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Most of the time, I try to be positive and uplifting with my blog. However, this time, I hope you get a bit riled up.

I am writing this blog on July 24th. In Utah, it is state holiday called Pioneer Day. In 1847, Brigham Young and others entered the Salt Lake Valley on July 24. This is a state holiday to commemorate those pioneers. However, this year, I have heard and seen the day referred to as “Pie & Beer Day”.

May be this was done as a laugh. May be not. Either way, I am offended on two levels.

First, not using the correct title is discounting the work and sacrifice of 60,000 to 70,000 pioneers who walked or rode to the Salt Lake Valley. Once here, they worked hard making the “desert bloom like a rose.” Worst yet, such playful renaming makes light of the 1,900 pioneers who died along the way. This number doesn’t include those saints, from Europe and other areas, who died on the ocean or before starting their journey west.

This holiday honors those individuals who with broken backs and bleeding hands, etched out a living and paved the way for what is now a world renown beautiful city and surrounding areas. Many of us live in the Intermountain West because of the pioneers who blazed the way.

Secondly, if Pioneer Day is perceived as a religious holiday, which it is not, then calling it “Pie & Beer Day” slaps at one of the tenets of our religion. The Lord commanded that we do not drink beer and we obey. Are some individuals, who perceive the day as a religious holiday, finding humor renaming a so-called Church of Jesus Christ of Latter-day Saint’s holiday with something we choose not to partake of?

Maybe I am reacting too strongly to some light fun. I don’t think so. Many derogatory hurtful discriminating things have been said under the cloak of humor. In my youth, the N word was part of a nursery rhyme and a description of a Brazil nut among other hurtful statements. This was wrong because we should never make fun of a fellow child of God just because we can. Jesus never would and we shouldn’t either.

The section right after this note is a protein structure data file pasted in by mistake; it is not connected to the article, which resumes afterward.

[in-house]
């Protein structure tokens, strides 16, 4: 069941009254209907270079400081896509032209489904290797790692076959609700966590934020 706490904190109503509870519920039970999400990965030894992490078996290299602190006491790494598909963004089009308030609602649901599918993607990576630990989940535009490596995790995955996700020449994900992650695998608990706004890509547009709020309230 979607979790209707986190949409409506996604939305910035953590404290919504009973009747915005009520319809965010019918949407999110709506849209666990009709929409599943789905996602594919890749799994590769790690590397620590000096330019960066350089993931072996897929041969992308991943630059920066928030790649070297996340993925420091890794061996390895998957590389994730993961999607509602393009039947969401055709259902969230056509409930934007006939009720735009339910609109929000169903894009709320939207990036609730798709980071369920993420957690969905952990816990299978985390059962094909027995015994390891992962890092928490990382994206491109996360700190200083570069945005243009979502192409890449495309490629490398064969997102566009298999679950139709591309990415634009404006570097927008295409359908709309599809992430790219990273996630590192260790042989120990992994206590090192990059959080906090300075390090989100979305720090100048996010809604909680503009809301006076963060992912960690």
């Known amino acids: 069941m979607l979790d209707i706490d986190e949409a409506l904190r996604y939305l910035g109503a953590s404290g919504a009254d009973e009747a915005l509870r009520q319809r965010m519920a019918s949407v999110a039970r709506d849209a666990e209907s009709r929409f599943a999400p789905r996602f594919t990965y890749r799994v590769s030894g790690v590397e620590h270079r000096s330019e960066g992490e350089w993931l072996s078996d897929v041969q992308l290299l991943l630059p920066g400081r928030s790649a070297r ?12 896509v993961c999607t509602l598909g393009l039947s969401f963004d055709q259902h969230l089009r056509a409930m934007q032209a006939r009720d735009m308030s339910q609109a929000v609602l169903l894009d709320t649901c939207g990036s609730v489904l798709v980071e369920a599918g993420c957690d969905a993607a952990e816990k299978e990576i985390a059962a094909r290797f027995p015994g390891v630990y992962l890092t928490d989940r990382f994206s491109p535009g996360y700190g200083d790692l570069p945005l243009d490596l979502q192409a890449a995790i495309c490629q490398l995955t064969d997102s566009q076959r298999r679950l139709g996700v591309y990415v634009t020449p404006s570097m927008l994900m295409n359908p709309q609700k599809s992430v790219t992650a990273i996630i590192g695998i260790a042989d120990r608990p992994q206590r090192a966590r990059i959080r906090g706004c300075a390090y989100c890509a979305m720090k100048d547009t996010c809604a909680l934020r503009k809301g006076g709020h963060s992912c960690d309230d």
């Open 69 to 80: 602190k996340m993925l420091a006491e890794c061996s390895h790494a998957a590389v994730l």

In today’s world of heightened awareness of discrimination, we need to make sure our call for religious freedom is not drowned out. Like the pioneers, we need to stand tall and walk into the public square with “faith in every footstep”.

Saints are not asking for special treatment. We only ask for respect like we give to others.

What do you think? Too sensitive or right on?

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1 Comment

You know, Uncle, I would that you would consider the satire of the offender.

People are giving it the ol' secular treatment because they see most people not caring about its origins, religious or otherwise. They are observing it not being treated as Ramadan or Yom Kippur, but as Memorial, Independence, and Labor Days (admittedly, commercially abused holidays in their own rights). It's being seen to be just another reason to cookout and have a mattress sale.

Take offense that our own people do not treat it with reverence or respect before you call out an outsider making a pun out of what they see as "just another holiday."

With sincerest love,

A Nephew


"Men [and  women] are that they might have JOY..."

2 Nephi 2:25

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